GREECE REFLECTION: Things can only get better

13 August  2015
GREECE REFLECTION: Things can only get better

Conditions are devastating and change comes slowly for the refugees in the Kara Tepe camp, on the Greek island of Lesvos. CPT team visits the camp regularly. Read about the experiences of our summer delegate Johanna Kaprio. The text was first published on July 19 on Kaprio’s blog The Deep Blue Border

An Afghan man approaches me, asking politely if I am a doctor, and wants me to come and look at his daughter who has a stomach flu with fever for the fourth day. I explain to him that I am not a doctor, yet I try to remember whatever I know about stomach flu self help instructions: plenty of water, bananas, orange juice with bits…

Moving on some meters, another parent stops me, posing the same question, and I repeat the same answer. And then another one. And more. Moving another fives meters, a man approaches me and wants me to look at his daughter’s hands. It is an impetigo that has spread across both hands. It needs urgent antibiotic treatment. She is unable to move her fingers properly but she still gives me the most beautiful smile. Children…

We are in Kara Tepe, a camping area on the island of Lesvos where thousands of refugees wait for their documents to be processed so that they can continue their journey to Athens, and from there to continue their asylum process in other European countries.

There is no doctor in the camp, although thankfully we know that the Doctors Without Borders (MSF) will start operating here in the coming days. The municipality of Lesvos opened Kara Tepe in spring 2015 as a temporary holding place for about 1,000 persons – on the worst days there are over 3,500 persons.

With all the mess around her in the Kara Tepe refugee camping area she sits on a cardboard enjoying her
 potato chips.

Afghan father preparing dinner and heating water at Kara Tepe camp.

The camp is usually full of garbage. Litter next to the water pumps, next to the firepits where people cook. Next to the overcrowded tents where families of up to twenty persons sleep and areas where children play. Thankfully, some days ago a group of volunteers came and cleaned parts of the camp, and the rest will be cleaned soon. It helps for a while.

They even cleaned the toilets, as up until now it was impossible to enter them. Before that, no one had cleaned them for weeks. A nauseating smell filled one’s nostrils many meters before entering the women’s toilets, six altogether, which are supposed to serve thousands.

Boy sits in the shades of a shelter made out of waste bags, surrounded by dirt water and litter.

There is just one problem. With all due respect to the Greek and international volunteers who come here to clean, to give food, hygiene products and clothes – donations of locals, tourists, and from abroad – you cannot expect volunteers to have the resources run a refugee camp of thousands. What are needed here are an organized camp management and a coordinated humanitarian aid response.

Moreover, it needs to be an internationally supported one. Not only because the country is in an economic crisis. The refugee crisis is not a Greek challenge, or an Italian challenge. It is a global challenge, and where we are – a European challenge. The Europeans may not be used to the idea of having refugee camps inside the EU territory, yet the sooner we wake up to the current reality, the better. The UNHCR has called for an urgent emergency response from Europe before the humanitarian situation deteriorates further.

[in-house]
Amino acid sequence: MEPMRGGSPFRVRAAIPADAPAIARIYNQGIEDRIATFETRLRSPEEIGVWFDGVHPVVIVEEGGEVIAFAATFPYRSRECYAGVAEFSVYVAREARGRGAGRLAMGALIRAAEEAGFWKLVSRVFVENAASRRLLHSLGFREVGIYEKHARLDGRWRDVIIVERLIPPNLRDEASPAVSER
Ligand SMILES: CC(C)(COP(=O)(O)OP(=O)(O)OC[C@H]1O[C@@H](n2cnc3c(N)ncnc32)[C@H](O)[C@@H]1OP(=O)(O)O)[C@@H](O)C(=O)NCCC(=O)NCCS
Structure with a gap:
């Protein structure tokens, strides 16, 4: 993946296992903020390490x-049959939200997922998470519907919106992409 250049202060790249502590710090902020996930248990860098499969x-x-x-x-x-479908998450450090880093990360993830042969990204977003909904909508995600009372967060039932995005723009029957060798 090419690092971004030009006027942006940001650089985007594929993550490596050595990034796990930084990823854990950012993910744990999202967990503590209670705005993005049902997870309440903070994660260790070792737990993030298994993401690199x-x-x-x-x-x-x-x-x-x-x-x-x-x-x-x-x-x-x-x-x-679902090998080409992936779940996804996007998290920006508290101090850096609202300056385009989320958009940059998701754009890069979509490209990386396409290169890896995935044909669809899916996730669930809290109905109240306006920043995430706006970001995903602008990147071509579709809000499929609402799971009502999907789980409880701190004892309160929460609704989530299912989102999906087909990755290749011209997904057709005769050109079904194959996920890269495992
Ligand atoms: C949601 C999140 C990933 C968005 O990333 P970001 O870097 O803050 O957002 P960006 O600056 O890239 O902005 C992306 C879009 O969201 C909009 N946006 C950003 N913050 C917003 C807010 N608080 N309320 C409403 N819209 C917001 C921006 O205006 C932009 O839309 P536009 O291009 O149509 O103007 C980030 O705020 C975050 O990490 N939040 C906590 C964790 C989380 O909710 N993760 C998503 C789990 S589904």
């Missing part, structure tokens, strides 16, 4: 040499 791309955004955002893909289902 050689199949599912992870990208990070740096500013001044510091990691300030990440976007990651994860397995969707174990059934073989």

So far international response has mostly been lacking. My team had a long discussion with Spyros Galinos, the Mayor of Lesvos, about the refugee situation. He expressed his frustration. In the last two months island has received hundreds of journalists. Indeed, all big media agencies are represented here. Yet no significant help has come.
“Our European partners have left us alone to help the refugees,” says Galinas.

The people we meet in the camp just cannot believe that they are here. Mostly they didn’t want to leave their countries, but had no choice because of wars and conflicts there. They come from all walks of life. Mostly, they are just ordinary families with ordinary lives and ordinary hopes of good life. Their journey to Greece was difficult and even dangerous. In their path towards safer life, Kara Tepe is a shock.

I meet a Syrian family of twenty persons, sharing one tent. The adults sit on cardboard on the ground and the children play inside the tent.

“I could never have imagined finding myself and my family in these conditions,” says the father of the family.

He and his wife are lawyers, and one of their daughters is a schoolteacher. Most of their children are very young. The family fled from Aleppo not long ago and is now heading towards Germany, where they hope to continue their careers and live in safety; until the day comes that they can safely return to their home again.  But for now, all they can do is wait for their documents, be patient with the conditions—and hope that Europe treats them kindly.

“Things can only get better,” someone says, as we wish them well after our long conversation about the conditions in the camp. I certainly want to believe that.

Hello Europe! Children of a Syrian refugee family cannot wait to take the ferryboat to Athens and continue their
 journey in Europe.

Text and photos: Johanna Kaprio